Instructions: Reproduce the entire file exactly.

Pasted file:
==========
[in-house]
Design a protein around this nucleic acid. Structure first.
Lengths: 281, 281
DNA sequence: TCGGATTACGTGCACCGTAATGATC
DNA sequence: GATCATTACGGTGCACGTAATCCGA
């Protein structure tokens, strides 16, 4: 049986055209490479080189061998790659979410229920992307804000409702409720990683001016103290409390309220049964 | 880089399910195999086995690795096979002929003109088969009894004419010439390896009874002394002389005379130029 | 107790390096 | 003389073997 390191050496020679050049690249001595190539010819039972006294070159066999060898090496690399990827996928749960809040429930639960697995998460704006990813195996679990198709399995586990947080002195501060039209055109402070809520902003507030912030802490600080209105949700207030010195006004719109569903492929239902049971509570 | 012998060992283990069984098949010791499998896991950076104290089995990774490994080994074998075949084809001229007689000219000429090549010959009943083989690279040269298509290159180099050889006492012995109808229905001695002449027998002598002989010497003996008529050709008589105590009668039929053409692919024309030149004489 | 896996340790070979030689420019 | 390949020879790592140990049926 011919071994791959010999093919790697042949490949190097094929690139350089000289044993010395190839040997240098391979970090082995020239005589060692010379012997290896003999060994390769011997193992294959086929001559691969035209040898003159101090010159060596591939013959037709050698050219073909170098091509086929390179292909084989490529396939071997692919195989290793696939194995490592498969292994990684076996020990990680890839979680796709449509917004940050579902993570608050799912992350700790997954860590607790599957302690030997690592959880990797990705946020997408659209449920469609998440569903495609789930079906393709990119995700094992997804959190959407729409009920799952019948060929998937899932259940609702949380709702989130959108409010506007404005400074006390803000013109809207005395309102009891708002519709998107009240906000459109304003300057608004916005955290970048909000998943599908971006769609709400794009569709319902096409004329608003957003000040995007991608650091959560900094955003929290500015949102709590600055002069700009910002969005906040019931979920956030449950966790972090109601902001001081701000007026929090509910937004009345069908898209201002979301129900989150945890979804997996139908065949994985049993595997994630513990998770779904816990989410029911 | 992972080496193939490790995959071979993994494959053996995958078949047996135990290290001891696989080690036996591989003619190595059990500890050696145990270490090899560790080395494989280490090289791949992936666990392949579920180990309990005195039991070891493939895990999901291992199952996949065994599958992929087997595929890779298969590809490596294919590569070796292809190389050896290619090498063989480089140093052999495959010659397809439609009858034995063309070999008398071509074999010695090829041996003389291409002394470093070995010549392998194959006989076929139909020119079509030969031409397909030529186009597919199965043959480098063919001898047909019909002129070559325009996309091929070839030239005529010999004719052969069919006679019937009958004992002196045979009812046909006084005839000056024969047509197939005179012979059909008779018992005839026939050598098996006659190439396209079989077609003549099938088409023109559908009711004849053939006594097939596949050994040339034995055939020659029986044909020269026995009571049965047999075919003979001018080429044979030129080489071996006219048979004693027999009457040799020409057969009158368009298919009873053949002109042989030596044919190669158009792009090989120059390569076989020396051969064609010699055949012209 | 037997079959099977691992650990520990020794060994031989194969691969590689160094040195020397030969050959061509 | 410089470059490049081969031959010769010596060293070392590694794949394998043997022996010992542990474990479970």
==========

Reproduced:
[in-house]
Design a protein around this nucleic acid. Structure first.
Lengths: 281, 281
DNA sequence: TCGGATTACGTGCACCGTAATGATC
DNA sequence: GATCATTACGGTGCACGTAATCCGA
């Protein structure tokens, strides 16, 4: 049986055209490479080189061998790659979410229920992307804000409702409720990683001016103290409390309220049964 | 880089399910195999086995690795096979002929003109088969009894004419010439390896009874002394002389005379130029 | 107790390096 | 003389073997 390191050496020679050049690249001595190539010819039972006294070159066999060898090496690399990827996928749960809040429930639960697995998460704006990813195996679990198709399995586990947080002195501060039209055109402070809520902003507030912030802490600080209105949700207030010195006004719109569903492929239902049971509570 | 012998060992283990069984098949010791499998896991950076104290089995990774490994080994074998075949084809001229007689000219000429090549010959009943083989690279040269298509290159180099050889006492012995109808229905001695002449027998002598002989010497003996008529050709008589105590009668039929053409692919024309030149004489 | 896996340790070979030689420019 | 390949020879790592140990049926 011919071994791959010999093919790697042949490949190097094929690139350089000289044993010395190839040997240098391979970090082995020239005589060692010379012997290896003999060994390769011997193992294959086929001559691969035209040898003159101090010159060596591939013959037709050698050219073909170098091509086929390179292909084989490529396939071997692919195989290793696939194995490592498969292994990684076996020990990680890839979680796709449509917004940050579902993570608050799912992350700790997954860590607790599957302690030997690592959880990797990705946020997408659209449920469609998440569903495609789930079906393709990119995700094992997804959190959407729409009920799952019948060929998937899932259940609702949380709702989130959108409010506007404005400074006390803000013109809207005395309102009891708002519709998107009240906000459109304003300057608004916005955290970048909000998943599908971006769609709400794009569709319902096409004329608003957003000040995007991608650091959560900094955003929290500015949102709590600055002069700009910002969005906040019931979920956030449950966790972090109601902001001081701000007026929090509910937004009345069908898209201002979301129900989150945890979804997996139908065949994985049993595997994630513990998770779904816990989410029911 | 992972080496193939490790995959071979993994494959053996995958078949047996135990290290001891696989080690036996591989003619190595059990500890050696145990270490090899560790080395494989280490090289791949992936666990392949579920180990309990005195039991070891493939895990999901291992199952996949065994599958992929087997595929890779298969590809490596294919590569070796292809190389050896290619090498063989480089140093052999495959010659397809439609009858034995063309070999008398071509074999010695090829041996003389291409002394470093070995010549392998194959006989076929139909020119079509030969031409397909030529186009597919199965043959480098063919001898047909019909002129070559325009996309091929070839030239005529010999004719052969069919006679019937009958004992002196045979009812046909006084005839000056024969047509197939005179012979059909008779018992005839026939050598098996006659190439396209079989077609003549099938088409023109559908009711004849053939006594097939596949050994040339034995055939020659029986044909020269026995009571049965047999075919003979001018080429044979030129080489071996006219048979004693027999009457040799020409057969009158368009298919009873053949002109042989030596044919190669158009792009090989120059390569076989020396051969064609010699055949012209 | 037997079959099977691992650990520990020794060994031989194969691969590689160094040195020397030969050959061509 | 410089470059490049081969031959010769010596060293070392590694794949394998043997022996010992542990474990479970």